To readers: You are free to rate a work however you see fit; that is absolutely your right. However, if you are overthinking things, you are probably putting more effort into a review than is required for a work of fiction. I would say that if you hated a work, just get it off your chest and say you hated it (although for the life of me, I can’t figure out why a reader would even finish a book that he/she hated so much). I would much rather a reader tell me “I hate this story, I can’t get into it, and I can’t finish it” than to expect me to explain away anything that might deviate from reality a tad or is not written how they would have written it. I mean it. You have the right to tell me you simply hate my story, with no explanation. You are under no obligation to look for a reason to hate it (although I definitely still welcome and appreciate constructive criticism). I have more respect for a reviewer who simply tells me they didn’t like the story than one who tries to impose his or her version of MY story on me.

To answer the question as to why the pool never got drained? Because no one ever thought, “You know, this pool might be used against us one day in an elaborate revenge plan aimed at our beloved mayor. Let’s buy an expensive pump and get this sucker drained right this second.” Anyone who has read Ice knows that the Mints, spoiled into complacency by their peaceful existence, don’t have the same sense of urgency that most normal people have. For this same reason, they don’t bother to prepare for emergencies (like forest fires or errant gunmen).

Revenge really IS a best served cold…

The way twenty women are brutally punished over one person’s long-ago mistake will leave you chilled to the bone. How many women will survive the vicious attack? Who will survive, and who is receiving secret help? Find out when you read Ice today

http://www.amazon.com/Ice-Jessica-Wren-ebook/dp/B00O1CCAU6/ref=sr_1_9?s=digital-text&ie=UTF8&qid=1420224775&sr=1-9&keywords=ice

Elenita was kidnapped 17 years ago. What really happened to her?

In the otherwise crime-free town of Minterville, Georgia, little Elenita Velasquez disappeared without a trace in 1994. it was one of only two crimes that had ever occurred in the town’s history. Elenita has not been seen or heard from since, and her diappearance has never been solved.

But what really happened to her? Who took her? The answers to these questions will shock you to the very core. Check out Ice and find out what happened to little Elenita.

http://www.amazon.com/Ice-Jessica-Wren-ebook/dp/B00O1CCAU6/ref=sr_1_9?s=digital-text&ie=UTF8&qid=1420224775&sr=1-9&keywords=ice

Twenty women become the target of a cruel revenge plot…

…that none of them had a thing to do with. Who started it? Why were the women tortured in such a cold, callous manner? What did the attackers want? How many of them will survive the torturous punishment? Find out when you read Ice.

http://www.amazon.com/Ice-Jessica-Wren-ebook/dp/B00O1CCAU6/ref=sr_1_9?s=digital-text&ie=UTF8&qid=1420224775&sr=1-9&keywords=ice

The only thing colder than the Ice Queen’s crime is her heart.

Manuela Escribano (The Ice Queen) is a smart, talented, well-educated woman, who chose to channel her talents into the manufacture and distribution of drugs.

She is also VERY slow to let go of a grudge. When something happens to her that she perceives as a betrayal, her fury is still burning decades later, and a small town is about to be the target of her long-nursed anger…

http://www.amazon.com/Ice-Jessica-Wren-ebook/dp/B00O1CCAU6/ref=sr_1_4?s=digital-text&ie=UTF8&qid=1420768036&sr=1-4&keywords=ice

One man’s secret becomes an entire town’s torment…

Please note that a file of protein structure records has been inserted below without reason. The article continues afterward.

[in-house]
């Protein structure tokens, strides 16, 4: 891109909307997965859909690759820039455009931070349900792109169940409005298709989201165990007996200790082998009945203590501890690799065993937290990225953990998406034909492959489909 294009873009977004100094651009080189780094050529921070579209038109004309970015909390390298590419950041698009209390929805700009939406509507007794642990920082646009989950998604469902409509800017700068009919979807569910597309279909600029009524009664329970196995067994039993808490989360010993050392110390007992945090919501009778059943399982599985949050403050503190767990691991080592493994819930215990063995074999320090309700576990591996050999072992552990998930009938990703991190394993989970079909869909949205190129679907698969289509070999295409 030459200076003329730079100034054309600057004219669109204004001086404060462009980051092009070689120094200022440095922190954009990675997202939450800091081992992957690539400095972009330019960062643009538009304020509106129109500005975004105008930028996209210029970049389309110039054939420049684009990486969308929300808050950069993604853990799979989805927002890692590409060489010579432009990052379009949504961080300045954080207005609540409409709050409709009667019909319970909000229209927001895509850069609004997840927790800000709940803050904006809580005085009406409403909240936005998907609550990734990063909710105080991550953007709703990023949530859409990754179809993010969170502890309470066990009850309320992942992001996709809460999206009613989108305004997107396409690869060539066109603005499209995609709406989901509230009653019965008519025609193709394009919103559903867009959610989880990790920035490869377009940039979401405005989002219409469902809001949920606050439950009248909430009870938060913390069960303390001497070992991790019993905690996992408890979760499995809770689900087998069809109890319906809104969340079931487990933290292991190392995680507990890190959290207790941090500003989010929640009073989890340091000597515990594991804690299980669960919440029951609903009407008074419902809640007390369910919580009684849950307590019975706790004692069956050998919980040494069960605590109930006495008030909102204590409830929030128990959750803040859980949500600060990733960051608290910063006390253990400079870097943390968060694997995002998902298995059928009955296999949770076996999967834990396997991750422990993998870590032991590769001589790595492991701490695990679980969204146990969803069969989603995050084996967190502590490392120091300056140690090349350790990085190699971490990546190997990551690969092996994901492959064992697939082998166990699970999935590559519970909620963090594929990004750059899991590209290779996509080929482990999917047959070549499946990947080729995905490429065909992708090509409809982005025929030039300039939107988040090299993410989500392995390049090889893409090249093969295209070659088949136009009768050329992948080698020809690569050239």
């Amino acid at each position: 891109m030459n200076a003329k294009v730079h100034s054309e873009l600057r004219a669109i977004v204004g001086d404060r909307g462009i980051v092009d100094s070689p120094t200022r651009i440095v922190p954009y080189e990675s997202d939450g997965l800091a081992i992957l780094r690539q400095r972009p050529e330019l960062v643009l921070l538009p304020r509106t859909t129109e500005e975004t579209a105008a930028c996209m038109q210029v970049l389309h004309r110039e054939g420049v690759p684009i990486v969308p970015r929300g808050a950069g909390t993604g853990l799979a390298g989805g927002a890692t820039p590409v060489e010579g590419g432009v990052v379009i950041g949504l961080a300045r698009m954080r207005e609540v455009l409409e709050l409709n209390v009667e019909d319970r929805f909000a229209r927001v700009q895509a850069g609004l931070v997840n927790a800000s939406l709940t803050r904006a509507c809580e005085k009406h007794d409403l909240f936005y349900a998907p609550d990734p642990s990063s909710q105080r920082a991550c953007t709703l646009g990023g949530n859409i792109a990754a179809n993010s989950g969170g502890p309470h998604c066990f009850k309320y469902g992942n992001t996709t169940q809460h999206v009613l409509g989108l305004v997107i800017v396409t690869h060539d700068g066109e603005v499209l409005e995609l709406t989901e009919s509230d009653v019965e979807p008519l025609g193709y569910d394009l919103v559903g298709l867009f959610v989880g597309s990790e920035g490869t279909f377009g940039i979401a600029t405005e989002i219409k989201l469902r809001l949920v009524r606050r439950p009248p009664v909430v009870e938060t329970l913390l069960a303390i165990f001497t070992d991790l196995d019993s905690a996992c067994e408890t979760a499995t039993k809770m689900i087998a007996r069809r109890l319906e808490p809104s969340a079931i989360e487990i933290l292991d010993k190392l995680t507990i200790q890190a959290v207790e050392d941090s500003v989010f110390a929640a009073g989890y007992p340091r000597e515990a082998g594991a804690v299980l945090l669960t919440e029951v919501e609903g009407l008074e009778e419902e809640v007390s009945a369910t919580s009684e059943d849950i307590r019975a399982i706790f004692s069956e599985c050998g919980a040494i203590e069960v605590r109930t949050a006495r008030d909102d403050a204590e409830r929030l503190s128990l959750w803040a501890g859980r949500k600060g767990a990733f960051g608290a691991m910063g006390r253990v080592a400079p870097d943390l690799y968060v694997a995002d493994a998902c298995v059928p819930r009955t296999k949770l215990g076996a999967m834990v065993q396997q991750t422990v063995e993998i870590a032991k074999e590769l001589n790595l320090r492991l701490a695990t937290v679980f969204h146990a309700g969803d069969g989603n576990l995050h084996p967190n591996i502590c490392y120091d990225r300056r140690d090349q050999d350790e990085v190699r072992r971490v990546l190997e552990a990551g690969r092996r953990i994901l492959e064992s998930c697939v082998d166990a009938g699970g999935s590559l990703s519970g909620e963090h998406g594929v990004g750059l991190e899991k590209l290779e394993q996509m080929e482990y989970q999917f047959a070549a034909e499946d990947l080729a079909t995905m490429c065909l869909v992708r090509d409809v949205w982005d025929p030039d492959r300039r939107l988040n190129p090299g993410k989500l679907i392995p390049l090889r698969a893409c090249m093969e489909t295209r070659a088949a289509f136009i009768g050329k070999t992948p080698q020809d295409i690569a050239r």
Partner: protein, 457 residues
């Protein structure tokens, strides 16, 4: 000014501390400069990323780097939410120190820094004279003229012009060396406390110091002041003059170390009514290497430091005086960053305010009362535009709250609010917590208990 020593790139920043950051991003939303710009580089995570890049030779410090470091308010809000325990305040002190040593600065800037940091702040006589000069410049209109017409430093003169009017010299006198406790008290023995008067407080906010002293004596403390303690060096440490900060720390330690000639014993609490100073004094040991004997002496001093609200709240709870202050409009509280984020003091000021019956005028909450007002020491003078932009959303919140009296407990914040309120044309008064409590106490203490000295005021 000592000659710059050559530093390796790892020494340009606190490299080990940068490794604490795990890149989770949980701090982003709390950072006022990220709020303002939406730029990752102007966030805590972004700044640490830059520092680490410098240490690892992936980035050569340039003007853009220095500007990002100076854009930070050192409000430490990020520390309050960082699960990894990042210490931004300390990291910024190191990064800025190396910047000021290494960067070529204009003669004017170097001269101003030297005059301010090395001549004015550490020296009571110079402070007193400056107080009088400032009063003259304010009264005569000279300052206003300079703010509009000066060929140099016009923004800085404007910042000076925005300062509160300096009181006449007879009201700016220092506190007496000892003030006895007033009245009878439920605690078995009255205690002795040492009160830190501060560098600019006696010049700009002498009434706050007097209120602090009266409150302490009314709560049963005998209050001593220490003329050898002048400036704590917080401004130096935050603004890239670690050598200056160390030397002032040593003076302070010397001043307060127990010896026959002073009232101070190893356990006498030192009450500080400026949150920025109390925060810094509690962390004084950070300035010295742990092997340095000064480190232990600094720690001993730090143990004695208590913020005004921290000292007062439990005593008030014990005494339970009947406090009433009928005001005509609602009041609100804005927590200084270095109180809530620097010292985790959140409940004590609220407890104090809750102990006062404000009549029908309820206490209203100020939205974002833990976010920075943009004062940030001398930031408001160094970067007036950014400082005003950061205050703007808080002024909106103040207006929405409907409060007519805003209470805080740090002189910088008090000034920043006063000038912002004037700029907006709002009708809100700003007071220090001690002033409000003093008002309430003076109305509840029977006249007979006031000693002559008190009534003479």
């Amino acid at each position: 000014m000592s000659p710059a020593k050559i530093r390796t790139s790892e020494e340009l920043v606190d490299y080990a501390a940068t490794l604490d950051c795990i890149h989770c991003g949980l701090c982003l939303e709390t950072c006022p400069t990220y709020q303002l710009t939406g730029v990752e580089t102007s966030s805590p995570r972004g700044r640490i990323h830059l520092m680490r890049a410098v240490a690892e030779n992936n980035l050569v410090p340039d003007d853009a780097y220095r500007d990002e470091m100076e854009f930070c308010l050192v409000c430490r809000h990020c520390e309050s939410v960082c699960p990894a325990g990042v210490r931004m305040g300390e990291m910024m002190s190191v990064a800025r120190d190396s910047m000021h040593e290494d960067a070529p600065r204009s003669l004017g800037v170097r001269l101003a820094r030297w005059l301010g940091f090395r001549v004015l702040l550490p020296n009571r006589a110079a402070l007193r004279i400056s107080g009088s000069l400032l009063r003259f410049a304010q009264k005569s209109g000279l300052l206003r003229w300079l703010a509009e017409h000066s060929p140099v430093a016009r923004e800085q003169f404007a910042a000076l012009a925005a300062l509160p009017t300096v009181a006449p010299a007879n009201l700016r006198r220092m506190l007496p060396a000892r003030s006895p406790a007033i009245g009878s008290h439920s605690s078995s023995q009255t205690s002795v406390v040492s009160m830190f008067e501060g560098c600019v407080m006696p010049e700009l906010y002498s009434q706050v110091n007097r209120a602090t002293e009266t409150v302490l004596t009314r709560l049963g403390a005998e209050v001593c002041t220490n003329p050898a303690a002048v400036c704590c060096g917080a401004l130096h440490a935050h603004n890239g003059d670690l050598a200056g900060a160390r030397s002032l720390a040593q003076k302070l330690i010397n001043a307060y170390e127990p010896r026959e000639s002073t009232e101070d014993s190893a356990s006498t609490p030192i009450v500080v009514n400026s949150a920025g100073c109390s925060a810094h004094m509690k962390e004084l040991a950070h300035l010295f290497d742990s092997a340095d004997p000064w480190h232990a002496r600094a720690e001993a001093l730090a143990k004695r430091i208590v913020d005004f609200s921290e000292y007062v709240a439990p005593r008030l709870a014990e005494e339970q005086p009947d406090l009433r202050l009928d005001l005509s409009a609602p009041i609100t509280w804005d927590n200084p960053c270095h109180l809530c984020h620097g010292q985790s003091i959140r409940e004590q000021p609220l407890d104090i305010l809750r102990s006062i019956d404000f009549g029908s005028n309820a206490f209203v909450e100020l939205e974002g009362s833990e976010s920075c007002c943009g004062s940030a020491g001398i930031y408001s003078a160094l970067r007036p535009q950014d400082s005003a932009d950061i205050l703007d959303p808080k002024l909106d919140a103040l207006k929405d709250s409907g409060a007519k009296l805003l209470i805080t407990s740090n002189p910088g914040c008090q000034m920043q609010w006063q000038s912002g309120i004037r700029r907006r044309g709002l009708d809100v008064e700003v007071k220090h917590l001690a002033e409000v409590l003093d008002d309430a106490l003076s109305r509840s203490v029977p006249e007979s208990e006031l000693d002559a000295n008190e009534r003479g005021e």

Check out Ice. Set in Minterville, Georgia, someone is hiding a dreadful secret. When revealed, this secret will bring unspeakable terror on the entire town. It is up to everyone in Minterville to step up and contain the threat before their beloved community is destroyed.

http://www.amazon.com/Ice-Jessica-Wren-ebook/dp/B00O1CCAU6/ref=sr_1_9?s=digital-text&ie=UTF8&qid=1420224775&sr=1-9&keywords=ice

NO TROLLS! Anyone who makes ridiculous or inappropriate comments on my blogs will be blocked. I take my work very seriously and i don’t have time for foolishness! Take it elsewhere. Please and thank you.

One person’s secret becomes an entire town’s nightmare…

In the small town of Minterville, Georgia, someone is hiding a deadly secret. One that will tear this tiny, telepathic community apart if not contained. What is this secret and who has it? What are the consequences for Minterville? Find out by checking out my novel Ice:

http://www.amazon.com/Ice-Jessica-Wren-ebook/dp/B00O1CCAU6/ref=sr_1_4?s=digital-text&ie=UTF8&qid=1420678093&sr=1-4&keywords=ice

Last day to get “Ice” free

http://www.amazon.com/Ice-Jessica-Wren-ebook/dp/B00O1CCAU6/ref=sr_1_9?s=digital-text&ie=UTF8&qid=1420224775&sr=1-9&keywords=ice

The people of Minterville, Georgia know that something is wrong in their once-idyllic community. The reclusive and mistrustful people of Minterville are uneasy about the presence of two suspicious families, the Quirogas and the de los Santos. Since their arrival six months prior, the people of Minterville have lost The Minter, a form of telepathic communication available only to them. Because The Minter cannot function in the presence of evil, the community concludes that the Quirogas and the de los Santos have sinister motives for settling into the community.
Mayor Tom Watson and Police Chief Andy Thompson have been trying desperately to figure out the reason for the families’ sudden entrance into Minterville. The reason becomes clears one Friday morning: they have been sent by Manuela Escribano (aka the “Ice Queen”), a powerful and vindictive drug lord, to collect an old drug debt. Unfortunately, it is too late; Escribano’s diabolical plan to ensure payment has already been set into motion. Time is of the essence; Tom, Chief Andy, and the rest of Minterville must act quickly before innocent people die and their beloved community is destroyed forever.